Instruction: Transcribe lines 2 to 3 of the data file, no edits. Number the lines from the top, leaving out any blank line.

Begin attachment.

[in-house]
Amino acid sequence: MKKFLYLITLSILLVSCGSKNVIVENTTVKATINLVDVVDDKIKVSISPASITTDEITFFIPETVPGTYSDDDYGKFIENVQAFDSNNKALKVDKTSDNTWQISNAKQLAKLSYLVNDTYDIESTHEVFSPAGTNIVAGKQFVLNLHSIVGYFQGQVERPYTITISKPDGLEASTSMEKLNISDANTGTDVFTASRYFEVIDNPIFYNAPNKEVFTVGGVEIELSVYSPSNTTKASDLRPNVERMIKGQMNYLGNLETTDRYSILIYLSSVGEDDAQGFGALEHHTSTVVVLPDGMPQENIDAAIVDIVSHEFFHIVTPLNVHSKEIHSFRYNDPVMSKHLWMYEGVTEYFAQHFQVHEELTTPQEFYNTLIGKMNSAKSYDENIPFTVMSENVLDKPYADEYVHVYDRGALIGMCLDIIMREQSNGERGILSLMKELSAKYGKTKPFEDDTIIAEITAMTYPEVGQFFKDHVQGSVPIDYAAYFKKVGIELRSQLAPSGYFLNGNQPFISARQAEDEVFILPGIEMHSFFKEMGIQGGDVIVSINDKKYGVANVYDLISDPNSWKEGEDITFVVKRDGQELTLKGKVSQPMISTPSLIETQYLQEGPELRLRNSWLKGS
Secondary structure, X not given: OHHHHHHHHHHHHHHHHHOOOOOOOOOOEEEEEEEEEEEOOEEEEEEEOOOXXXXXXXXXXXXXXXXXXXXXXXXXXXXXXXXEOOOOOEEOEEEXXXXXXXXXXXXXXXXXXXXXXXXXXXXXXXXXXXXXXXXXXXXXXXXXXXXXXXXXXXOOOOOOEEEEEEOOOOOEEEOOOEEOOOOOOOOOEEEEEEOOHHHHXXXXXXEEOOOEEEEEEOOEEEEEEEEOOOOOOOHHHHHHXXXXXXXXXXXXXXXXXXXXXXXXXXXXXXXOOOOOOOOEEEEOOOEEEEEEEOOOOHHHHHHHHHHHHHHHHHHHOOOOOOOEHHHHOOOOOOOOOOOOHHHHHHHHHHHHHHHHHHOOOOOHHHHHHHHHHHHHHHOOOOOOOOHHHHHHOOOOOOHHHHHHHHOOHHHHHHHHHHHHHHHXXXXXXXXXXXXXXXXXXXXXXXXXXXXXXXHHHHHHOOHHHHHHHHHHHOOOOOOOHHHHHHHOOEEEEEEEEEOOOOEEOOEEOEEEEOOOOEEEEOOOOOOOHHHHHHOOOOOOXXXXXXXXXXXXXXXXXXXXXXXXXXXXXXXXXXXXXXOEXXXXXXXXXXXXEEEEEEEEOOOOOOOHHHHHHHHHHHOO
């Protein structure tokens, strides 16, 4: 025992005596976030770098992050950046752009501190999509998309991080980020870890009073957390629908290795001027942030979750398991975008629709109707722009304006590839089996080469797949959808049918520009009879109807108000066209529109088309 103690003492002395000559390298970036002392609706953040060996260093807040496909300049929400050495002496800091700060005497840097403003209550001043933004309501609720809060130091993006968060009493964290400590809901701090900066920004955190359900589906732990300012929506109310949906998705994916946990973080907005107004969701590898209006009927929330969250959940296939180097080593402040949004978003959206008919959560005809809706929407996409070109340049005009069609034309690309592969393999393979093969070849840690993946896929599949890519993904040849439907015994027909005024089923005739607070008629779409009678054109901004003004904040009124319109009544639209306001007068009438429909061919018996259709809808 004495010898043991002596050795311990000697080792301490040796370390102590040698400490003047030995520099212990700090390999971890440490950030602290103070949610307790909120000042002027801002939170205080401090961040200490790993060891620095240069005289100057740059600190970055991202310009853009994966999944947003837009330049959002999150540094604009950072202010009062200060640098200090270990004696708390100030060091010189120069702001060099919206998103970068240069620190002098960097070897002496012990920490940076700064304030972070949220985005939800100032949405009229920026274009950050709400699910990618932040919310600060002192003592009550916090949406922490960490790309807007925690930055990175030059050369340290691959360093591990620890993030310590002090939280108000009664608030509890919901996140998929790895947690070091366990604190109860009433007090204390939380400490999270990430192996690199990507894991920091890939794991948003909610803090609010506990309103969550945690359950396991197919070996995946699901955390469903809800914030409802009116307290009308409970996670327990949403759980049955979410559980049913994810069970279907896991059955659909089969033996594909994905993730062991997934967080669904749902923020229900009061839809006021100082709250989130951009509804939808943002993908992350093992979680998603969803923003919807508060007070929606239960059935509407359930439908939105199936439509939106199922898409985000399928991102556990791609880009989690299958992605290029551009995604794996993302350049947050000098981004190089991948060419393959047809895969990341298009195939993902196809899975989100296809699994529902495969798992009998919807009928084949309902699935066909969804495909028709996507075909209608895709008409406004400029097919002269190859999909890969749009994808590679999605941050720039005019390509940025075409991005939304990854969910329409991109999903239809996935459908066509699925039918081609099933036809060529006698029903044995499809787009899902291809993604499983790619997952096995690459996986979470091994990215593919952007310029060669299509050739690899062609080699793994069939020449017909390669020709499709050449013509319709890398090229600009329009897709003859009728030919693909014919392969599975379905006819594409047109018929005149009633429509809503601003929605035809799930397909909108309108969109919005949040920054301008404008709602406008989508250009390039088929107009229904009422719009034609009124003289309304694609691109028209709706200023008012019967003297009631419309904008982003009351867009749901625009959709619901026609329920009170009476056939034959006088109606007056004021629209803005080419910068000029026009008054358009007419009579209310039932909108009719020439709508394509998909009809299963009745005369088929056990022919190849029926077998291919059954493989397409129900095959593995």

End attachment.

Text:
Amino acid sequence: MKKFLYLITLSILLVSCGSKNVIVENTTVKATINLVDVVDDKIKVSISPASITTDEITFFIPETVPGTYSDDDYGKFIENVQAFDSNNKALKVDKTSDNTWQISNAKQLAKLSYLVNDTYDIESTHEVFSPAGTNIVAGKQFVLNLHSIVGYFQGQVERPYTITISKPDGLEASTSMEKLNISDANTGTDVFTASRYFEVIDNPIFYNAPNKEVFTVGGVEIELSVYSPSNTTKASDLRPNVERMIKGQMNYLGNLETTDRYSILIYLSSVGEDDAQGFGALEHHTSTVVVLPDGMPQENIDAAIVDIVSHEFFHIVTPLNVHSKEIHSFRYNDPVMSKHLWMYEGVTEYFAQHFQVHEELTTPQEFYNTLIGKMNSAKSYDENIPFTVMSENVLDKPYADEYVHVYDRGALIGMCLDIIMREQSNGERGILSLMKELSAKYGKTKPFEDDTIIAEITAMTYPEVGQFFKDHVQGSVPIDYAAYFKKVGIELRSQLAPSGYFLNGNQPFISARQAEDEVFILPGIEMHSFFKEMGIQGGDVIVSINDKKYGVANVYDLISDPNSWKEGEDITFVVKRDGQELTLKGKVSQPMISTPSLIETQYLQEGPELRLRNSWLKGS
Secondary structure, X not given: OHHHHHHHHHHHHHHHHHOOOOOOOOOOEEEEEEEEEEEOOEEEEEEEOOOXXXXXXXXXXXXXXXXXXXXXXXXXXXXXXXXEOOOOOEEOEEEXXXXXXXXXXXXXXXXXXXXXXXXXXXXXXXXXXXXXXXXXXXXXXXXXXXXXXXXXXXOOOOOOEEEEEEOOOOOEEEOOOEEOOOOOOOOOEEEEEEOOHHHHXXXXXXEEOOOEEEEEEOOEEEEEEEEOOOOOOOHHHHHHXXXXXXXXXXXXXXXXXXXXXXXXXXXXXXXOOOOOOOOEEEEOOOEEEEEEEOOOOHHHHHHHHHHHHHHHHHHHOOOOOOOEHHHHOOOOOOOOOOOOHHHHHHHHHHHHHHHHHHOOOOOHHHHHHHHHHHHHHHOOOOOOOOHHHHHHOOOOOOHHHHHHHHOOHHHHHHHHHHHHHHHXXXXXXXXXXXXXXXXXXXXXXXXXXXXXXXHHHHHHOOHHHHHHHHHHHOOOOOOOHHHHHHHOOEEEEEEEEEOOOOEEOOEEOEEEEOOOOEEEEOOOOOOOHHHHHHOOOOOOXXXXXXXXXXXXXXXXXXXXXXXXXXXXXXXXXXXXXXOEXXXXXXXXXXXXEEEEEEEEOOOOOOOHHHHHHHHHHHOO